Every time I come close to thinking I may be unique
amongst the millions of mourners who are mourning right now
who want to beat

their foreheads against the nearest barrier,
a cloud of locusts starts buzzing around my mind’s volcano,
which erupts in slow-mo, brighter than the marquee lights
illuminating God’s beer fridge.

Why do I think I’m crawling up a mountain 
whenever I’m caught in the act of redemption—
like that moment of sleep paralysis when I can hear
a centipede creeping in the bathroom.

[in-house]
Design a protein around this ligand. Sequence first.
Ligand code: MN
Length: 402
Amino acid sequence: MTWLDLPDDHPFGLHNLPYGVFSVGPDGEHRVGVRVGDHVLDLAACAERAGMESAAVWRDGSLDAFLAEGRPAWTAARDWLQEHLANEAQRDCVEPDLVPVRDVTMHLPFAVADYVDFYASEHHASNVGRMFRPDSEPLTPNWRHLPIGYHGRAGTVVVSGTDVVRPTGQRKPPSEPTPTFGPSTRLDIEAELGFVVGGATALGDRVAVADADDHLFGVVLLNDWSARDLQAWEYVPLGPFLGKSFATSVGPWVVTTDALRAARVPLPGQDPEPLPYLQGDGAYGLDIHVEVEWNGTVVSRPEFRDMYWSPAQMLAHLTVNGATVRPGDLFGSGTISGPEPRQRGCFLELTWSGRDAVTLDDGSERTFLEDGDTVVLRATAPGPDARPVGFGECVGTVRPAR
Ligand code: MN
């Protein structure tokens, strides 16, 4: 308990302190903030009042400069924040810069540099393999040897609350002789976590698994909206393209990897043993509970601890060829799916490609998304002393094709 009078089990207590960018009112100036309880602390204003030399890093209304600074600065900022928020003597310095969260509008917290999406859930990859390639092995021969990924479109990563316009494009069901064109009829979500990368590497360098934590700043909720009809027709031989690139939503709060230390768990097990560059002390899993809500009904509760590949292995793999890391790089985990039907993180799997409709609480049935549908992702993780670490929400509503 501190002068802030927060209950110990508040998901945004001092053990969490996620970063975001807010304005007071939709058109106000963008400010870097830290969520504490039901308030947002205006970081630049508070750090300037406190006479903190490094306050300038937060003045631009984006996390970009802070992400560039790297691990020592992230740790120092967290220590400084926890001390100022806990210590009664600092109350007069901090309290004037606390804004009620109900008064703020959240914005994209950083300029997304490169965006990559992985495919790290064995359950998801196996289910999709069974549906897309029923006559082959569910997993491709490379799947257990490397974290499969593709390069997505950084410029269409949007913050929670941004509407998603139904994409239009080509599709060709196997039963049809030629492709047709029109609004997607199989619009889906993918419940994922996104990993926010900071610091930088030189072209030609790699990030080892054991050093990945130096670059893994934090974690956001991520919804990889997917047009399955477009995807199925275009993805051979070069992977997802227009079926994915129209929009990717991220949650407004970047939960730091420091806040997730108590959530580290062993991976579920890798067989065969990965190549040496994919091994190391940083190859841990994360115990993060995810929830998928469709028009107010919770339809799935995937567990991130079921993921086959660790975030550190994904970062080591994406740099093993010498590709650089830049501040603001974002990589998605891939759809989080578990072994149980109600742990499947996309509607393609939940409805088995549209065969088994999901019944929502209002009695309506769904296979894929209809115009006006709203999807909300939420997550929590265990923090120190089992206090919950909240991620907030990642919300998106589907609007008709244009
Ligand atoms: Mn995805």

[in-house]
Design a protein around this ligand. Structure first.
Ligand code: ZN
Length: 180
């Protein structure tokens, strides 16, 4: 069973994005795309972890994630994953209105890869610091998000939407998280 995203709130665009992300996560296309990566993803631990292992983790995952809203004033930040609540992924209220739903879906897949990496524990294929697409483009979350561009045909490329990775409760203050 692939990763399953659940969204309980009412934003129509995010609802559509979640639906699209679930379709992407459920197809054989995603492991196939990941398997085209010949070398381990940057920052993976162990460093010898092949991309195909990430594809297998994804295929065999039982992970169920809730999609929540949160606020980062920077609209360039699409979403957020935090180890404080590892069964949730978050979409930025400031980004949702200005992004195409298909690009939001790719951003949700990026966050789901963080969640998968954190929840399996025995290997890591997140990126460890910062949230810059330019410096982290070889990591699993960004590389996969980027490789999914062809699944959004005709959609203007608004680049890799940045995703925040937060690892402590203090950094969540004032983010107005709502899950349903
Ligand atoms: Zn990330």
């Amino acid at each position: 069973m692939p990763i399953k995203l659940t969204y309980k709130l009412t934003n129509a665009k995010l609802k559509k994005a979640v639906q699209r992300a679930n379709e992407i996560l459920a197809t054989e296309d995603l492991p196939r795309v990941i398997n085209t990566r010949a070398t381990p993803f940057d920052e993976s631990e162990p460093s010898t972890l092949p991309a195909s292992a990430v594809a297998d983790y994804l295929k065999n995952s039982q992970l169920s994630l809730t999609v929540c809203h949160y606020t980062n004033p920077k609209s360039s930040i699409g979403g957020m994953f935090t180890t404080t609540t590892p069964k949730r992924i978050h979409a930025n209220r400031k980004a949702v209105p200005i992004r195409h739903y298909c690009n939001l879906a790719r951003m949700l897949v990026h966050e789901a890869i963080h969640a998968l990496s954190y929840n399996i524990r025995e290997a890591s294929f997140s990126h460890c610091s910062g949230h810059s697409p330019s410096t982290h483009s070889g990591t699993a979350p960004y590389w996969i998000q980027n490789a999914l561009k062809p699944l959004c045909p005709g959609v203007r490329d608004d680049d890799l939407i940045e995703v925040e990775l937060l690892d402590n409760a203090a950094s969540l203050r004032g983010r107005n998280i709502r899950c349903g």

Maybe grief is a collective labour. Maybe I’ve shouted
my name in too many rail yards, chanting This is my kingdom
over and over into my father’s dead ear.


Lisa Richter is the author of two books of poetry, Closer to Where We Began (Tightrope Books, 2017) and Nautilus and Bone (Frontenac House, 2020), whose honours include the Canadian Jewish Literary Award for Poetry, the National Jewish Book Award for Poetry (US), and Robert Kroestch Award for Poetry. She lives, writes, and teaches in Toronto.


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